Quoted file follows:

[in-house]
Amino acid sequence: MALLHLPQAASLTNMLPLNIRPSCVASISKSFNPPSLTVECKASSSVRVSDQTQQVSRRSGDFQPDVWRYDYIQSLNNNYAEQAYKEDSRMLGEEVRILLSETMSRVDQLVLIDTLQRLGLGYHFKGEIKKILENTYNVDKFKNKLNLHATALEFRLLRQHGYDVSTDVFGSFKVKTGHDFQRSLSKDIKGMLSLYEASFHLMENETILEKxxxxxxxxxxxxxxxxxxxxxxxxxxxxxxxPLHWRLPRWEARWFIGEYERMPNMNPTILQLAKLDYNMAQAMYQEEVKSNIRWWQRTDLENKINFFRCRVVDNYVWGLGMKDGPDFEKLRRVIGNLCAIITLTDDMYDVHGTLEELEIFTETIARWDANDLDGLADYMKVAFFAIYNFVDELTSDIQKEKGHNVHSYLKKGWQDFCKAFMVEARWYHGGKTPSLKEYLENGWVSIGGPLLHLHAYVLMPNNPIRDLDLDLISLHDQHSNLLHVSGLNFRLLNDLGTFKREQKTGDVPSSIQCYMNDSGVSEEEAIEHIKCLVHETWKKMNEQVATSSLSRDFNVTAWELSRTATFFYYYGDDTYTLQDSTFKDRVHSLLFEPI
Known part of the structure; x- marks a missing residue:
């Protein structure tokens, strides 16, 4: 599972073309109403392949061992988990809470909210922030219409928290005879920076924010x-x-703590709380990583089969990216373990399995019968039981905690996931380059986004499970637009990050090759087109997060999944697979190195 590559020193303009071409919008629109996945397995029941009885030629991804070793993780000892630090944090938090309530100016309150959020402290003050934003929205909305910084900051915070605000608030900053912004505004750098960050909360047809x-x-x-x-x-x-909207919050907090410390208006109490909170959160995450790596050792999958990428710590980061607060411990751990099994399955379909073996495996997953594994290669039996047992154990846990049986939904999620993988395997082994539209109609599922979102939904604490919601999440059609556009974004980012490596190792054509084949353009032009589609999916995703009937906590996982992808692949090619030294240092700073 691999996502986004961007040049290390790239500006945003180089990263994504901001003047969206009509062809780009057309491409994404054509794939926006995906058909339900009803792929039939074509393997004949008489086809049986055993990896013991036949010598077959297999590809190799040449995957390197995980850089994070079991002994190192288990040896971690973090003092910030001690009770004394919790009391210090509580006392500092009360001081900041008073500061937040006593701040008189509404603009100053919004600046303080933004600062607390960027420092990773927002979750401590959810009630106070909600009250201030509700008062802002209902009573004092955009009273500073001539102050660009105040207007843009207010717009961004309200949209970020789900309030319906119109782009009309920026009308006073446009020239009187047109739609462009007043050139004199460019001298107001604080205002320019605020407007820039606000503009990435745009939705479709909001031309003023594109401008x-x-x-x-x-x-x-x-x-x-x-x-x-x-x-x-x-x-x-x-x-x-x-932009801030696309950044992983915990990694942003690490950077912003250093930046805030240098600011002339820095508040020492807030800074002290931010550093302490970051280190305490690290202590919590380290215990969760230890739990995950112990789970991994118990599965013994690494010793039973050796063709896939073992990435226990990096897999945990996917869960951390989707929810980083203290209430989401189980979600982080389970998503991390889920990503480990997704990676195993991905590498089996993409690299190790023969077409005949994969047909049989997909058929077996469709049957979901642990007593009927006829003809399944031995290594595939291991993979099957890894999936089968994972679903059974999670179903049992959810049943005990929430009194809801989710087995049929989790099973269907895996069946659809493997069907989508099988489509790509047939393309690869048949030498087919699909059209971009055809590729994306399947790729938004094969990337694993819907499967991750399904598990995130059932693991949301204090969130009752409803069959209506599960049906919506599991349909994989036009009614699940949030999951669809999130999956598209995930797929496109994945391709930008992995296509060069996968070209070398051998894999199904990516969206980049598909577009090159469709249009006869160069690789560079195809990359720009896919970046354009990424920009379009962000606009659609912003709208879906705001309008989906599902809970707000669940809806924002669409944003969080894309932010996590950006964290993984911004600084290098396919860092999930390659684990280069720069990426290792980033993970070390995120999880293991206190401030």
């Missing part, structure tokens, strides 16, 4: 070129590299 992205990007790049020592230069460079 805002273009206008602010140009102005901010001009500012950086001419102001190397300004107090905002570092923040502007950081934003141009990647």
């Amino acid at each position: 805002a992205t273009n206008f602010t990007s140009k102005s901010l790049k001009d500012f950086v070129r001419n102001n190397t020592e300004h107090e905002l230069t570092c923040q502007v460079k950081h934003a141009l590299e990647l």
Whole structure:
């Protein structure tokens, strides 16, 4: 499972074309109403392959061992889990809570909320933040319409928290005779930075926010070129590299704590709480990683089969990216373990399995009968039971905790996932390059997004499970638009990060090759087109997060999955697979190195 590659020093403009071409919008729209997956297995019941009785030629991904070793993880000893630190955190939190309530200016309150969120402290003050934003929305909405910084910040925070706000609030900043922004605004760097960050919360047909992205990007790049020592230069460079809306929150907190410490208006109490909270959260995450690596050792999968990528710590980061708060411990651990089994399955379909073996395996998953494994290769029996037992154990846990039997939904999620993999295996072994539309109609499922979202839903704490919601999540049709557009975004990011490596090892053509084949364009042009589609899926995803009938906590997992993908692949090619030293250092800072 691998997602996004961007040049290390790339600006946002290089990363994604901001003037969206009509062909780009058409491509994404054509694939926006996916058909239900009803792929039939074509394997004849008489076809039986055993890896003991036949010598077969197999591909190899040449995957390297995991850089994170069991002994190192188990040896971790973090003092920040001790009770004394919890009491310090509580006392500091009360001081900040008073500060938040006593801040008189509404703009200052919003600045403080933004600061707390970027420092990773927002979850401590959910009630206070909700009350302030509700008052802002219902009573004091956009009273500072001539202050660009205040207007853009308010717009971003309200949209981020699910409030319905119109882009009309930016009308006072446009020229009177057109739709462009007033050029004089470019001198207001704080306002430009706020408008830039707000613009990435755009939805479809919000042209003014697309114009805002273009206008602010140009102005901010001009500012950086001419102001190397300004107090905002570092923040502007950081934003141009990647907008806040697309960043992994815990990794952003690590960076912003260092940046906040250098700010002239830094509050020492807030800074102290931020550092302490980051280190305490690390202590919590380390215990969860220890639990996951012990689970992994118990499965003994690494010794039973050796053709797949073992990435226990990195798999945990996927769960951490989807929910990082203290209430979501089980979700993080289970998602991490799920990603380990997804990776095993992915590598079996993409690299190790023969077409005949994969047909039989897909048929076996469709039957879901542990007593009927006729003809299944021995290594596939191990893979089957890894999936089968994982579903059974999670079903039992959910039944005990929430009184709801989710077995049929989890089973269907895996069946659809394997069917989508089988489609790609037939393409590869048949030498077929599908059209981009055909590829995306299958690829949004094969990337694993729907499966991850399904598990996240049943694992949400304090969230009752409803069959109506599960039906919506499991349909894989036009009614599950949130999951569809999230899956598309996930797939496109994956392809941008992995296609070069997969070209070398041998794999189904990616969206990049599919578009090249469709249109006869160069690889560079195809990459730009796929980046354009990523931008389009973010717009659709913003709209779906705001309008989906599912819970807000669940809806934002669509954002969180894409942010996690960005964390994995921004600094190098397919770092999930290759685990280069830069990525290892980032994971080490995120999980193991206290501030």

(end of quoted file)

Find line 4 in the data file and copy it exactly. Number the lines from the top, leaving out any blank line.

């Protein structure tokens, strides 16, 4: 599972073309109403392949061992988990809470909210922030219409928290005879920076924010x-x-703590709380990583089969990216373990399995019968039981905690996931380059986004499970637009990050090759087109997060999944697979190195 590559020193303009071409919008629109996945397995029941009885030629991804070793993780000892630090944090938090309530100016309150959020402290003050934003929205909305910084900051915070605000608030900053912004505004750098960050909360047809x-x-x-x-x-x-909207919050907090410390208006109490909170959160995450790596050792999958990428710590980061607060411990751990099994399955379909073996495996997953594994290669039996047992154990846990049986939904999620993988395997082994539209109609599922979102939904604490919601999440059609556009974004980012490596190792054509084949353009032009589609999916995703009937906590996982992808692949090619030294240092700073 691999996502986004961007040049290390790239500006945003180089990263994504901001003047969206009509062809780009057309491409994404054509794939926006995906058909339900009803792929039939074509393997004949008489086809049986055993990896013991036949010598077959297999590809190799040449995957390197995980850089994070079991002994190192288990040896971690973090003092910030001690009770004394919790009391210090509580006392500092009360001081900041008073500061937040006593701040008189509404603009100053919004600046303080933004600062607390960027420092990773927002979750401590959810009630106070909600009250201030509700008062802002209902009573004092955009009273500073001539102050660009105040207007843009207010717009961004309200949209970020789900309030319906119109782009009309920026009308006073446009020239009187047109739609462009007043050139004199460019001298107001604080205002320019605020407007820039606000503009990435745009939705479709909001031309003023594109401008x-x-x-x-x-x-x-x-x-x-x-x-x-x-x-x-x-x-x-x-x-x-x-932009801030696309950044992983915990990694942003690490950077912003250093930046805030240098600011002339820095508040020492807030800074002290931010550093302490970051280190305490690290202590919590380290215990969760230890739990995950112990789970991994118990599965013994690494010793039973050796063709896939073992990435226990990096897999945990996917869960951390989707929810980083203290209430989401189980979600982080389970998503991390889920990503480990997704990676195993991905590498089996993409690299190790023969077409005949994969047909049989997909058929077996469709049957979901642990007593009927006829003809399944031995290594595939291991993979099957890894999936089968994972679903059974999670179903049992959810049943005990929430009194809801989710087995049929989790099973269907895996069946659809493997069907989508099988489509790509047939393309690869048949030498087919699909059209971009055809590729994306399947790729938004094969990337694993819907499967991750399904598990995130059932693991949301204090969130009752409803069959209506599960049906919506599991349909994989036009009614699940949030999951669809999130999956598209995930797929496109994945391709930008992995296509060069996968070209070398051998894999199904990516969206980049598909577009090159469709249009006869160069690789560079195809990359720009896919970046354009990424920009379009962000606009659609912003709208879906705001309008989906599902809970707000669940809806924002669409944003969080894309932010996590950006964290993984911004600084290098396919860092999930390659684990280069720069990426290792980033993970070390995120999880293991206190401030």